Duterte Yields to Reality on South China Sea

Facing criticism at home over China stance, Philippines’ president asks for UN help

President Rodrigo Duterte’s September 23 appeal for international backing for the 2016 Court of Arbitration backing for the Philippines against China on South China Sea issues has surprised the world and delighted at least some of his critics at home – those more concerned with the sea than human rights issues.

It was an unusually subdued and even dignified Duterte who addressed the UN General Assembly by video and left many wondering why he had so apparently made a U-turn in his approach to China. This was the president who had, on elections in 2016, set aside the sea issue in pursuit of warmer relations with China and an influx of Chinese investment, public and private.

The importance of the speech was not just that he focused on Philippine claim under the United Nations Convention on the Law of the Sea, which successfully challenged China’s claim to almost all of the South China Sea. His appeal for its international support was both a signal to other littoral states contesting China’s encroachment on their islands, reefs and Exclusive Economic Zones, and a blunt rejection of China’s insistence that these issues be dealt with bilaterally.

Several reasons have been put forward for Duterte’s change of tack. Firstly, the policy of apparent appeasement was coming under increasing criticism at home including, and most importantly, from the senior military who prefer to see themselves defending the nation’s borders rather than focused mainly on internal security.

Duterte’s anti-US sentiments and rhetoric have been tolerated by a still supportive public opinion but nonetheless do not reflect popular sentiment, which remains generally pro-American, and has become increasingly anti-Chinese in the face not only of its South China Sea incursions but the influx of mainlanders for gaming companies and infrastructure projects.

The broader context is that the standing of Duterte’s government has been declining thanks to the combination of the economic costs of lockdown and its failure to keep Covid-19 numbers from rising to the highest level per capita in Asia. A huge corruption scandal at Phil Health, the national health insurance organization came to light in the middle of the Covid crisis and left questions about whether Duterte’s anti-corruption promises had ever been more than talk.

Duterte himself may have been disappointed that Chinese project promises have been slow to materialize and the offshore gaming boom was under threat from China itself, anxious to cut down on laundering of corrupt money and capital flight.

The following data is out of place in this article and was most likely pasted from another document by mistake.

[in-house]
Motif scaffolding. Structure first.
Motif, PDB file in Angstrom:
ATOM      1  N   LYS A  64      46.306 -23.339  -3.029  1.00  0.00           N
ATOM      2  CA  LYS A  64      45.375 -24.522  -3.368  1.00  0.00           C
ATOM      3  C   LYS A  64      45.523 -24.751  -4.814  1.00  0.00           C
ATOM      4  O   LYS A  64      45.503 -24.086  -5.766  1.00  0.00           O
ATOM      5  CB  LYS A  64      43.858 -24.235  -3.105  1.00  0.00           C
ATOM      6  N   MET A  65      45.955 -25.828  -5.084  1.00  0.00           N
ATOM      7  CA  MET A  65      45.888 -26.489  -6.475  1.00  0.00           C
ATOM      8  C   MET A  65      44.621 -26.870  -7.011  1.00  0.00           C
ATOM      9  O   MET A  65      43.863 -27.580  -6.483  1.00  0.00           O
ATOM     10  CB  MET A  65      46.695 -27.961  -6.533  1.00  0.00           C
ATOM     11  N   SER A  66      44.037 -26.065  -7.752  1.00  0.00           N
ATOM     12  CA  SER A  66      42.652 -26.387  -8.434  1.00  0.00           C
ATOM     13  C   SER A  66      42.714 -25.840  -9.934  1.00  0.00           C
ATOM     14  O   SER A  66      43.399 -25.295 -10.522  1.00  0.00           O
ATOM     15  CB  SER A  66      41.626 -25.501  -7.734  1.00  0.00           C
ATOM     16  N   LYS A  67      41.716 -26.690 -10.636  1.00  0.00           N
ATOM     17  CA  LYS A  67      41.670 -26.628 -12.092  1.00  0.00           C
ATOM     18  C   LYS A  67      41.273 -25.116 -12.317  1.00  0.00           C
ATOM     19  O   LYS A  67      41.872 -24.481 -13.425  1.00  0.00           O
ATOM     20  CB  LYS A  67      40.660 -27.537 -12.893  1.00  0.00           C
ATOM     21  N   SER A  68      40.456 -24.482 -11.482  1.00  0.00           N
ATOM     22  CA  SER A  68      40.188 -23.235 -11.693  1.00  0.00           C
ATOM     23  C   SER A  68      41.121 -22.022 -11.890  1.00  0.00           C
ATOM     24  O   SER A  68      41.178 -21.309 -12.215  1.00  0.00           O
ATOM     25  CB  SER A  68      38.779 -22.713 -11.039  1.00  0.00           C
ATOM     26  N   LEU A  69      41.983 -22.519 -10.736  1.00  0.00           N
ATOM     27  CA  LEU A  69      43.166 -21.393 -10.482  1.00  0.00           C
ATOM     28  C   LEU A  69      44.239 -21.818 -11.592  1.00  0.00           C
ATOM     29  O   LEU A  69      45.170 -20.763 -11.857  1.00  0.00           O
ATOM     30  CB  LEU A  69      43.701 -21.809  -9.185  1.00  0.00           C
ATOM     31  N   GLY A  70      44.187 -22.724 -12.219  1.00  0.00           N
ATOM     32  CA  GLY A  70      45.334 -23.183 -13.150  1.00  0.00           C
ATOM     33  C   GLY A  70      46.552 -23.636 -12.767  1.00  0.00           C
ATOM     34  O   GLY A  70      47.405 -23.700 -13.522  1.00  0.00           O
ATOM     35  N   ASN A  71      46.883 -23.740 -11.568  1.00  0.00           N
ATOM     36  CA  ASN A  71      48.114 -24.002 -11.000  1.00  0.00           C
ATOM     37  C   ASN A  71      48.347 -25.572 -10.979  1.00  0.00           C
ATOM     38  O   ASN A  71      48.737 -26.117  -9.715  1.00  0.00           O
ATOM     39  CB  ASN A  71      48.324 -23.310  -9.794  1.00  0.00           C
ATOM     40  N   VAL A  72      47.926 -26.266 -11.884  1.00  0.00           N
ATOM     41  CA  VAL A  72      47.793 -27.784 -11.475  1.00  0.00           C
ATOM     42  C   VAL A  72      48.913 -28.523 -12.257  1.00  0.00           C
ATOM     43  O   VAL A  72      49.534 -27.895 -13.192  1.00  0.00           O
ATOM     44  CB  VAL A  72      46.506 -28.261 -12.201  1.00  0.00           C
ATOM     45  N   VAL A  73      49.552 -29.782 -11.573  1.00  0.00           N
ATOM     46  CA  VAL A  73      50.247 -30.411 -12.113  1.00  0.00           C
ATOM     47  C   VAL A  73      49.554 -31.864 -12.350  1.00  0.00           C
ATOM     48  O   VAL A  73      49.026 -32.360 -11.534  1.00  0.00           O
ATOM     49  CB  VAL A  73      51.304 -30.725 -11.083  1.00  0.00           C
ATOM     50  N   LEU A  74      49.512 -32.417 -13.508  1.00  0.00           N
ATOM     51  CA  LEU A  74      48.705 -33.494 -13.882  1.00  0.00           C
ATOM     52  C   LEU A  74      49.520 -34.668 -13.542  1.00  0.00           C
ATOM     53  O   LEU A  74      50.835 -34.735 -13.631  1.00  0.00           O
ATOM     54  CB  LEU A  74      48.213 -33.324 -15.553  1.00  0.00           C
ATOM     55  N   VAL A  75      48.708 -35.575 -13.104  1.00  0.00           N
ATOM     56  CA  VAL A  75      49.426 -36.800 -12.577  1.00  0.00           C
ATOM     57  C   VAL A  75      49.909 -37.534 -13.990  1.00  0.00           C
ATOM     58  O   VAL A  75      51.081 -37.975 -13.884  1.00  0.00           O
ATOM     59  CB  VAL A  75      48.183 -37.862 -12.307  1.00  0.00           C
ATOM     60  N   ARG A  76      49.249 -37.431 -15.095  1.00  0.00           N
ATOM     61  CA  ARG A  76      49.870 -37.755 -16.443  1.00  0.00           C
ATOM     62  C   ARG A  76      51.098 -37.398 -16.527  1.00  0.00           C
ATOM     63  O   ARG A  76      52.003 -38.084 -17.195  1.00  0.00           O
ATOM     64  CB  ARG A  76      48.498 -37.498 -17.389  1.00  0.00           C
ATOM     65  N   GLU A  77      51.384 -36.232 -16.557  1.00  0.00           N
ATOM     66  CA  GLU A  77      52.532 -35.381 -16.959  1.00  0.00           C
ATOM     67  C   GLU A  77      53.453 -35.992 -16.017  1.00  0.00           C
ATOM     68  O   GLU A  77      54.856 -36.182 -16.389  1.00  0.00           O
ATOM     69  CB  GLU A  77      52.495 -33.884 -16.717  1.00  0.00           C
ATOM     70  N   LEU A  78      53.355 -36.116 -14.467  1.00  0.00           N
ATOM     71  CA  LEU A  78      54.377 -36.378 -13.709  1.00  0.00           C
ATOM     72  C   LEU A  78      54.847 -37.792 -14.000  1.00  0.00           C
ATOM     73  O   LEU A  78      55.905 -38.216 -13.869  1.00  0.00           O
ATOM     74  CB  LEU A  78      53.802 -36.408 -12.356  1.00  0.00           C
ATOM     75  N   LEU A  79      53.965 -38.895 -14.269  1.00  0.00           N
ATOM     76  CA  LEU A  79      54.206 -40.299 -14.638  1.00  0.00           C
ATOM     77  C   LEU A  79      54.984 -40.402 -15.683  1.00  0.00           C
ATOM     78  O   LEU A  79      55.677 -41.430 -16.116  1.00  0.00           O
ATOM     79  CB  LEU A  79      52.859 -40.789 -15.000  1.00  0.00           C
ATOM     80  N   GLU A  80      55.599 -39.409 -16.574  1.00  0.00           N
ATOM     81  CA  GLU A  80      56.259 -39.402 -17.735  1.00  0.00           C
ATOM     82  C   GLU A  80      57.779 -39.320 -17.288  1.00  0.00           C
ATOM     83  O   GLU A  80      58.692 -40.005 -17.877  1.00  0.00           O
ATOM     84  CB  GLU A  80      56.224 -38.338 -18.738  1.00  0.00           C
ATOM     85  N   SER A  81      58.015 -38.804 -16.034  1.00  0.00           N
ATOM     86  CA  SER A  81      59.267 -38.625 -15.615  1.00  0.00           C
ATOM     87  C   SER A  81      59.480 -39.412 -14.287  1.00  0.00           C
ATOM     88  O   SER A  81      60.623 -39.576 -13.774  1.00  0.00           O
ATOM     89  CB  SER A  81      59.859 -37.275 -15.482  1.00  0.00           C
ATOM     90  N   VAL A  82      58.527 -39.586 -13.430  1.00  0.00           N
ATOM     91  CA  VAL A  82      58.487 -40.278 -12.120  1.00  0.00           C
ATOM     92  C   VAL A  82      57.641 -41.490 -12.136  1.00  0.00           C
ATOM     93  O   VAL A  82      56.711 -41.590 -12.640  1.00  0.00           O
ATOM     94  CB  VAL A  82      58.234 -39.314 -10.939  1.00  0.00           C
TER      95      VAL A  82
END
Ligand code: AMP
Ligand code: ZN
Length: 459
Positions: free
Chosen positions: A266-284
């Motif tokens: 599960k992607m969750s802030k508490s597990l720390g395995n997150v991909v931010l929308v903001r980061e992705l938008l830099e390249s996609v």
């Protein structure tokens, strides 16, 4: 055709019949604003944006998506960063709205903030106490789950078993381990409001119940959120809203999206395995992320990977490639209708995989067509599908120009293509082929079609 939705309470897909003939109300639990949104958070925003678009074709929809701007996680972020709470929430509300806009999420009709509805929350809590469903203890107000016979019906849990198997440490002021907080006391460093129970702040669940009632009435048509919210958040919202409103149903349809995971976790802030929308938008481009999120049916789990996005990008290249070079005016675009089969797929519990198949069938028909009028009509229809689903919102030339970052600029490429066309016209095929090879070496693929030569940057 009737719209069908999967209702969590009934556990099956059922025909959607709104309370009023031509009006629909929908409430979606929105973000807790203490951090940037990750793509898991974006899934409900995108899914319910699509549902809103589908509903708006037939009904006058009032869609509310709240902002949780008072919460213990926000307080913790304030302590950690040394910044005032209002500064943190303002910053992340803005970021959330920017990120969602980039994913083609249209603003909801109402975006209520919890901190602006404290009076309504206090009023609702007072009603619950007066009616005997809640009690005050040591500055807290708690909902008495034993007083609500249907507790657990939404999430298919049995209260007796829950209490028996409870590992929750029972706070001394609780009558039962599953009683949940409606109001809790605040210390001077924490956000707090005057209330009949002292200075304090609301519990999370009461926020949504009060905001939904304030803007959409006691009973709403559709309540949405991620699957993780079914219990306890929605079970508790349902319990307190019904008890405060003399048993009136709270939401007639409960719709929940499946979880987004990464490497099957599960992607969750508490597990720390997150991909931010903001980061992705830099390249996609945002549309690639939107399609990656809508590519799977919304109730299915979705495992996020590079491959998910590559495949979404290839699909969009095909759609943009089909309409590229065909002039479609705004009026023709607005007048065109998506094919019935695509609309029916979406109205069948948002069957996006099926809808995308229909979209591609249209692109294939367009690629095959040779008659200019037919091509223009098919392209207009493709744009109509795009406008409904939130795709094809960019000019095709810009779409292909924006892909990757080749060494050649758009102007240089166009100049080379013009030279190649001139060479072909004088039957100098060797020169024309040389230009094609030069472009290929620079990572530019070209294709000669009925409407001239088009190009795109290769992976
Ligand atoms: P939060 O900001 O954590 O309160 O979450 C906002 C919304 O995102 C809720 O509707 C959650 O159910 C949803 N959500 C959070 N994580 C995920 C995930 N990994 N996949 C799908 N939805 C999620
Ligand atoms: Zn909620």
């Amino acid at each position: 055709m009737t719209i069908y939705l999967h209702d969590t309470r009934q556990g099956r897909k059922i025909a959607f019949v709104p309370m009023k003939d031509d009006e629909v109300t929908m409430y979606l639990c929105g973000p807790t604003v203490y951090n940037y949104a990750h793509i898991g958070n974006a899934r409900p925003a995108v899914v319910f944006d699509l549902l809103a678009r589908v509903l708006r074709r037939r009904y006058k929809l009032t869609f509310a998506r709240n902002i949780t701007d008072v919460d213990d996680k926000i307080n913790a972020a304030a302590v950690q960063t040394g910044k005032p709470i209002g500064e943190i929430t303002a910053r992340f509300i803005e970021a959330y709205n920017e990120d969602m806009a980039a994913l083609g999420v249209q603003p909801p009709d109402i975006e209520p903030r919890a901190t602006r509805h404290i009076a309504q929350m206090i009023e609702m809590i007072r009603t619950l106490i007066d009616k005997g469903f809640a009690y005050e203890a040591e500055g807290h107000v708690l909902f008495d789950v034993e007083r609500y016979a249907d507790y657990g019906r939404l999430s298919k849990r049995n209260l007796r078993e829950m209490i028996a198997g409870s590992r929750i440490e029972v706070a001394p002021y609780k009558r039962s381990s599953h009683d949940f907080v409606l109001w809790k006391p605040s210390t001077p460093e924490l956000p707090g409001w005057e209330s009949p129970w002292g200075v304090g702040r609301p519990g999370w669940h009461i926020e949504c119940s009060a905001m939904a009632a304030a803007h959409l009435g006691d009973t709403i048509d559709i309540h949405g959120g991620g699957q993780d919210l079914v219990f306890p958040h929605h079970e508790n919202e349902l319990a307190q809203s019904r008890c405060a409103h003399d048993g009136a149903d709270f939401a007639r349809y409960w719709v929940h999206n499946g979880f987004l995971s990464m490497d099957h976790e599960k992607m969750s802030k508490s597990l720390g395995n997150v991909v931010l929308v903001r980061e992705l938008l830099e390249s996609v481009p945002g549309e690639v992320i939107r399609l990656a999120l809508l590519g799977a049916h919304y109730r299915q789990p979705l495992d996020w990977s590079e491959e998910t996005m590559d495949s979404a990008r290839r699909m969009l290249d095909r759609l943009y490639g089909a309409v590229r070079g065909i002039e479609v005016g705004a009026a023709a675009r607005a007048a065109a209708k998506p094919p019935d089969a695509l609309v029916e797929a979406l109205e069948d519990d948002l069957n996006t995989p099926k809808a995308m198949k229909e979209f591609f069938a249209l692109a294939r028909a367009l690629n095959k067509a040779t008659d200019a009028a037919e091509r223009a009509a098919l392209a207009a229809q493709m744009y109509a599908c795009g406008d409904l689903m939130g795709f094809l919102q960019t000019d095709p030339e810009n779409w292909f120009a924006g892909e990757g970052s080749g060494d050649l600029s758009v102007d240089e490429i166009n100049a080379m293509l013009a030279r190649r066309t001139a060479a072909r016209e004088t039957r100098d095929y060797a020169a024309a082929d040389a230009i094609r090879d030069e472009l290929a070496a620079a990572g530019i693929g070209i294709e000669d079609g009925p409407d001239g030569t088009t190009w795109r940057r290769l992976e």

With jockeying already underway for elections in 18 months, currently fuelled by scrambles for pork from the budget now being drawn up, and beset with rumors about his health, Duterte may feel his power fading. Hence the appeal to an issue which has brought critics of his China policy to praise his words and is sure to be popular.

How seriously Philippine allies and neighbors take his shift remains to be seen. Follow-through is needed as littoral countries, notably Vietnam, have long chafed at the Philippines’ erratic course. The country had been almost the first, after Taiwan on Itu Aba, to occupy some of the Spratly group in 1970-71. It claimed those which lay closest to its coast and named them the Kalayaan islands.

But China, after attacks on Vietnam’s occupied reefs in the 1980s, was to move against the Philippines in 1995, not long after the expulsion of US bases. It began to impose itself within the Philippine Exclusive Economic Zone (EEZ), occupying Mischief (Panganiban) Reef. President Ramos had been loud in his criticism of China but no military response came.

Under President Arroyo, the Philippines switched to trying to do deals with China for hydrocarbon development within the EEZ. These put private profit goals of several politicians ahead of national interest but eventually, nothing came of them.

In 2012 Philippine lack of foresight and as well as ships, saw it easily pushed off Scarborough (Panatag) Shoal, within its EEZ off Luzon. That critical loss could also be partly attributed to US vacillation and attempts to appease China, which was doubly surprising given that the shoal lies only 150 nautical miles from Subic Bay. But that defeat did lead President Aquino to take the sea issues to the Permanent Court of Arbitration in The Hague, the international body for Law of the Sea disputes.

Vietnam, Malaysia, and Indonesia would all in principle welcome closer cooperation with the Philippines but remain wary of swings in policy due to individual interests and domestic politics which often prevail. The clownish tweeting of Foreign Secretary Locsin undermines its reputation as a serious partner and Locsin’s recent resurrection of the fatuous claim to Sabah has angered Malaysians and mystified other ASEAN members.

China is unlikely to respond vigorously, hoping that commercial interests, money politics and Duterte’s record of distaste for America will still prevail and that mainland Chinese interests, state ones in particular, will continue to find eager partners in key sectors in the Philippines. But it was a sign that China’s display of power and wealth is now generating more fear than greed in the region.

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